Tuesday, July 21, 2009
Oakland firm refines rover designed to land on lunar soil, win $20M
Executives of Astrobotic Technology in Oakland believe they are a bit closer to winning a $20 million race to the moon.
Company Chairman William "Red" L. Whittaker, a Carnegie Mellon University robotics professor, and his colleagues on Monday showed off their third prototype of a robot they plan to send to the moon in May 2011.
The winner of the Google Lunar X PRIZE awarded by a California nonprofit that encourages innovation will be the first robot to land on the moon, travel 500 meters on the lunar surface and send images and data back to Earth.
Forty years ago yesterday, Apollo 11 astronauts became the first humans to land on the moon.
What's special about this prototype, said Astrobotic spokesman David Gump, is that it should be able to withstand the intense heat a lunar day exerts.
"Before we weren't solving the problem of the robot cooking itself at noon," Gump said. That's a particularly significant problem because the Astrobotic team plans to drop the Red Rover robot at Apollo 11's landing site, which is at the moon's equator. Temperatures there rise above 270 degrees Fahrenheit.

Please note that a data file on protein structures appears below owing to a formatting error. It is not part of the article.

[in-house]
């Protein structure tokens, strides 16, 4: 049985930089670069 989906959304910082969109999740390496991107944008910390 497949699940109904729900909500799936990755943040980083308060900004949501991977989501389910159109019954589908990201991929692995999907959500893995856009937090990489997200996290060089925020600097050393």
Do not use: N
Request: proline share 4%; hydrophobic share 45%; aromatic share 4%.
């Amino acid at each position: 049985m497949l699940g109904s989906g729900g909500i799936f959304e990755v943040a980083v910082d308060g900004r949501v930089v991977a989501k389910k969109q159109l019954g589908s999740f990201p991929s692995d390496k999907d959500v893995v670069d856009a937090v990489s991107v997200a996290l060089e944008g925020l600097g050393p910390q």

"There's a lot of heat coming from the sun and a lot of heat bouncing off the lunar soil," Gump said.
The Red Rover will diffuse heat in two ways. First, it will keep a cool side aimed away from the sun to radiate heat off to the black sky, Gump said. Secondly, by using composite structures made from carbon fiber tape and resin, the robot will be able to transmit heat from its hot to cold side more efficiently.
Nineteen teams with members from 35 countries are developing robots, said Will Pomerantz, senior director for space prizes for the X PRIZE Foundation in Playa Vista, Calif. Teams must be at least 90 percent privately funded. To collect the full $20 million, the goal must be achieved by Dec. 31, 2012.
"The contest is coming extremely well," Pomerantz said. "It's been a little under two years since we announced it and we're a lot farther than we thought we'd be. It was designed to be a six- or seven-year journey. The teams are more diverse, better and bringing more talent to the table."
Whittaker credits the nature of the contest.
He likens it to the $25,000 Raymond Orteig offered for the first nonstop aircraft flight between New York and Paris, which Charles Lindbergh won in 1927.
"Flying was a nascent technology," Whittaker said. "It couldn't attract a passenger service or investment by Wall Street. All that changed instantly in that moment of actualization. Flying became a darling experience. Everyone wanted to fly or take a flight. It gave rise to the vision of intercontinental flight and improved the quality of airplanes."
That's what's about to happen once the Lunar X PRIZE teams figure out how to reach the moon without the help of NASA, said Bob Richards, CEO of Odyssey Moon, an Isle of Man company working to commercialize lunar travel.
"We're going to make the moon relevant," Richards said. "We view the moon as an eighth continent that's largely been unexplored. Its proximity to Earth means it's close enough to have an economy. The Earth and moon will be like two islands in an archipelago."